Goalkeepers on high alert in Germany-France WWC quarterfinal clash

Goalkeepers will be on high alert when two high-powered teams, France and Germany, clash in the Women's World Cup quarterfinals
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The Women’s World Cup has proved to be a force on the football stage. With global viewership exceeding expectations, there is no doubt that the quarterfinals will be just as exhilarating as the knockout stage, and it all starts with perhaps the marquee matchup of a round featuring four intriguing clashes.

Germany, the world’s No. 1 ranked team, has gone unbeaten through this tournament, at times massacring its opponents. The Germans are two-time World Cup champions, and under the focused leadership of Silvia Neid, FIFA Women’s Coach of the Year 2013, are gunning for a third. In their way stands a France team on the cusp of cracking the upper echelon on the grand stage.

Ranked third in the world, the French consider themselves “outsiders” according to Manager Phillipe Bergeroo and are maintaining a savvy humility.

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In what was considered the biggest upset of the tournament, France lost to Colombia in the group stage. But the unexpected result provided France with a spark, and it went on to thrash Mexico 5-0 and has not looked back. Marie-Laure Delie and Eugenie Le Sommer, with three goals each in Canada, have presented themselves as the forces to be reckoned with, and France followed with a comfortable win 3-0 over South Korea to reach the quarterfinals.

Friday's clash between the fluid French and the steely Germans–a rematch of an October friendly won by France, 2-0; one of two Germany losses in the last two years–will prove to be a test of their goalkeepers. Both sides boast top strikers in the world from European women’s leagues Frauen-Bundesliga and Division 1 Féminine. And they are eager to attack.

Germany’s backstop and captain, Nadine Angerer, currently plays alongside USA’s Alex Morgan, Canada’s Christine Sinclair and Australia’s Stephanie Catley at Portland Thorns FC, and was FIFA’s 2013 Player of the Year. Her cut-throat reputation precedes her and she has only conceded two goals thus far at the Women’s World Cup.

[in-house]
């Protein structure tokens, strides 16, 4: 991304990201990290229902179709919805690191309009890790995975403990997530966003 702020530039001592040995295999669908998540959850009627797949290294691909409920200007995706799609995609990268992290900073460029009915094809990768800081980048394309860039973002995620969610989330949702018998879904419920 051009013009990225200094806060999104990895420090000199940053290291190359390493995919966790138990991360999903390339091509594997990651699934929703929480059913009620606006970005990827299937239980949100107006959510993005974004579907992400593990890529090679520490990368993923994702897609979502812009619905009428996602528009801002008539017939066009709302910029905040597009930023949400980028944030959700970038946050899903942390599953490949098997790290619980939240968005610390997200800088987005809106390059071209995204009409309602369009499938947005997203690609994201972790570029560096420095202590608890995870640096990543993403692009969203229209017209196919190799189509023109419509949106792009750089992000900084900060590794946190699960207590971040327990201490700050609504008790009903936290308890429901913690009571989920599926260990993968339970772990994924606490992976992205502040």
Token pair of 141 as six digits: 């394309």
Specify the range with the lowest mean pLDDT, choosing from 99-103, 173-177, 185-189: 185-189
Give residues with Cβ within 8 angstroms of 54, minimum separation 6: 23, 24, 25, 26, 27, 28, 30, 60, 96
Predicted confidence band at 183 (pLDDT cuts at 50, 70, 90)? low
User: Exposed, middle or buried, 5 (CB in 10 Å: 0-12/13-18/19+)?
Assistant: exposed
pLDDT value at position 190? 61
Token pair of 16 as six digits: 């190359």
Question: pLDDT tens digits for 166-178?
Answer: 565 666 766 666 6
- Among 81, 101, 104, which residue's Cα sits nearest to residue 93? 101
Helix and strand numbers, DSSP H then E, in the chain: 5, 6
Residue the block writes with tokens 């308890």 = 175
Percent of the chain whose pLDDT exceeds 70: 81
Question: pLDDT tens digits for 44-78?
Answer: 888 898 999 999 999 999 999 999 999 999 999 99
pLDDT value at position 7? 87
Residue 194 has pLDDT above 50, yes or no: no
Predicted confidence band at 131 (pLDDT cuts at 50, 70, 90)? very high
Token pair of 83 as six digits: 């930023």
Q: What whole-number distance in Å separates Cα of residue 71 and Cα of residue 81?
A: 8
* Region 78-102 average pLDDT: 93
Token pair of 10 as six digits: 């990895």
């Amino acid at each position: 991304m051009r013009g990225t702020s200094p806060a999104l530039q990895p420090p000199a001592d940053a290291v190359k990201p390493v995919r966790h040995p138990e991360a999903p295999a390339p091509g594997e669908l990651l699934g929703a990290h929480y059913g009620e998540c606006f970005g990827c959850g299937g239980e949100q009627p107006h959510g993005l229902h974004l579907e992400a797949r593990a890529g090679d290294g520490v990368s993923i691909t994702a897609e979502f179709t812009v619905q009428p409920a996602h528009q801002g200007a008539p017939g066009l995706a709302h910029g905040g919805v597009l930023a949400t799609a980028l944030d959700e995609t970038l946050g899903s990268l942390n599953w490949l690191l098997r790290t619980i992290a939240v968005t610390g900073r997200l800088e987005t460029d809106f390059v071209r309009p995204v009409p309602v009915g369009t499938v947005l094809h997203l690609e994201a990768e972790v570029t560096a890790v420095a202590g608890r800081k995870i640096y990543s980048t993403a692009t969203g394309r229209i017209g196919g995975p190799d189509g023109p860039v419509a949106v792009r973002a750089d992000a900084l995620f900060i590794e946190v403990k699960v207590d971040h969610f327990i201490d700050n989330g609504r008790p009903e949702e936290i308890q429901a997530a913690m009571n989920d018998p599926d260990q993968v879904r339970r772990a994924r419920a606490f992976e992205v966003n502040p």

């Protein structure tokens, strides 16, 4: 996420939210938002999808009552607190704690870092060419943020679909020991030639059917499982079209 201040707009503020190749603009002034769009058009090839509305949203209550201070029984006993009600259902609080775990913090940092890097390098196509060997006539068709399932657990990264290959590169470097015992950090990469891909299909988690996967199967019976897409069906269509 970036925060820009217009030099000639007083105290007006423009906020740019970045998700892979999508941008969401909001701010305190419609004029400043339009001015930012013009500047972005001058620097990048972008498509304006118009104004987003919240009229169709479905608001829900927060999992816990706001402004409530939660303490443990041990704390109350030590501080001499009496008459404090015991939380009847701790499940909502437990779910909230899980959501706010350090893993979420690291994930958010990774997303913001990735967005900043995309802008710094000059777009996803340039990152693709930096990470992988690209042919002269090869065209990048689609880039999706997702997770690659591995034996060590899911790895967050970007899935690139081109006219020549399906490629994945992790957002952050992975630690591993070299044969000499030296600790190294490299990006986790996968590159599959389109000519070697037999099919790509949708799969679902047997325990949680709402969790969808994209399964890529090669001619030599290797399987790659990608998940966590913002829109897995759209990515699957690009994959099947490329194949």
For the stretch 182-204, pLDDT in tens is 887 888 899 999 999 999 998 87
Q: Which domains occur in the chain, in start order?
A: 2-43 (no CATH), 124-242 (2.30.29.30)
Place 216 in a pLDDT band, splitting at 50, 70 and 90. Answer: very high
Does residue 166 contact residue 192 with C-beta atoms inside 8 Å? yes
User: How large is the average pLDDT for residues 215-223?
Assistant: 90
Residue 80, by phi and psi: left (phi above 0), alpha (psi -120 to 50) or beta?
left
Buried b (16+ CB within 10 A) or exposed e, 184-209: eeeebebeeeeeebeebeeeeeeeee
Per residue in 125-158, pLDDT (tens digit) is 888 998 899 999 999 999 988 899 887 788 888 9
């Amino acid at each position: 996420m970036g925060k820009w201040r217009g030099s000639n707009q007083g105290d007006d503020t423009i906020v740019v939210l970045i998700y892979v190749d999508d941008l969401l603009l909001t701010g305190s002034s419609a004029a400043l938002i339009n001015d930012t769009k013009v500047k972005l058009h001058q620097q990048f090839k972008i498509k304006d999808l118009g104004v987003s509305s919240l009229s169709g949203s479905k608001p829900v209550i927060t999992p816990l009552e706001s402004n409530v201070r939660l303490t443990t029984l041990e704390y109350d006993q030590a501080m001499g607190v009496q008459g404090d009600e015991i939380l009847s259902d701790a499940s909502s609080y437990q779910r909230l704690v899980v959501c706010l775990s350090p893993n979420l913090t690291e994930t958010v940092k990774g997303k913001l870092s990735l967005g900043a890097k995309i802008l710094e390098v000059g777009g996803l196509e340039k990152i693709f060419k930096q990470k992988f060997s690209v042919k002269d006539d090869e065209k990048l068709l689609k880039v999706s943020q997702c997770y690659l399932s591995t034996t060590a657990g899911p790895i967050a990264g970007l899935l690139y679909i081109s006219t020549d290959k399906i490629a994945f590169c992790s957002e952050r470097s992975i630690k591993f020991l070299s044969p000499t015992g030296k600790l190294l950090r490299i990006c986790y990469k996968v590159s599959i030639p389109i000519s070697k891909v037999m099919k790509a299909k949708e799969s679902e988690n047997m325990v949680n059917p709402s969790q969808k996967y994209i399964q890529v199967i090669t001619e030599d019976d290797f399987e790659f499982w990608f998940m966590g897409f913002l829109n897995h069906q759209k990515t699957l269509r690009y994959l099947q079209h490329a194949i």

Her counterpart, Sarah Bouhaddi, is the starting goalkeeper at France’s top women’s team Olympique Lyon. Her performances this year have been key in France’s ranking and in her first match on 2015, she shut out the USWNT. That win helped propel les bleues forward with steady momentum and furthered their belief that they can be among the world's elite.

Bouhaddi will be have to be in top form to protect the net against Anja Mittag and Celia Sasic, the tournament's co-leading scorers with five goals apiece. Likewise, Angerer will need to maintain her poise against the bullet-like speeds and attacks of what is known as “la tornade bleue” who are ready to storm the German front.

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​While France may have to fight for media attention at home and may have one of the most controversial football federations in the world, this team is ready to and willing to upstage the Germans.

The Germans, though, will not settle for anything less than a win in their quest to match their male counterparts' feat in Brazil last summer.

Whether one is screaming “Deutchland vor!” or “Allez les bleues!” Friday's clash is between a pair of teams who could easily be, and perhaps should be, playing the same match on the final stage.

Shireen Ahmed is a writer, public speaker and sports activist focusing on Muslim women in sports. Her work has been featured and discussed in The Globe and Mail, Jezebel, VICE Sports, Islamic Monthly, Huffington Post, Best Health Magazine, Muslim Voices, Women Talk Sports, espnW and Edge of Sports Radio. Her blog is “Tales from a Hijabi Footballer.” She is currently working on her first book and lives in Toronto, Canada with her family. She can be followed on Twitter @_shireenahmed_.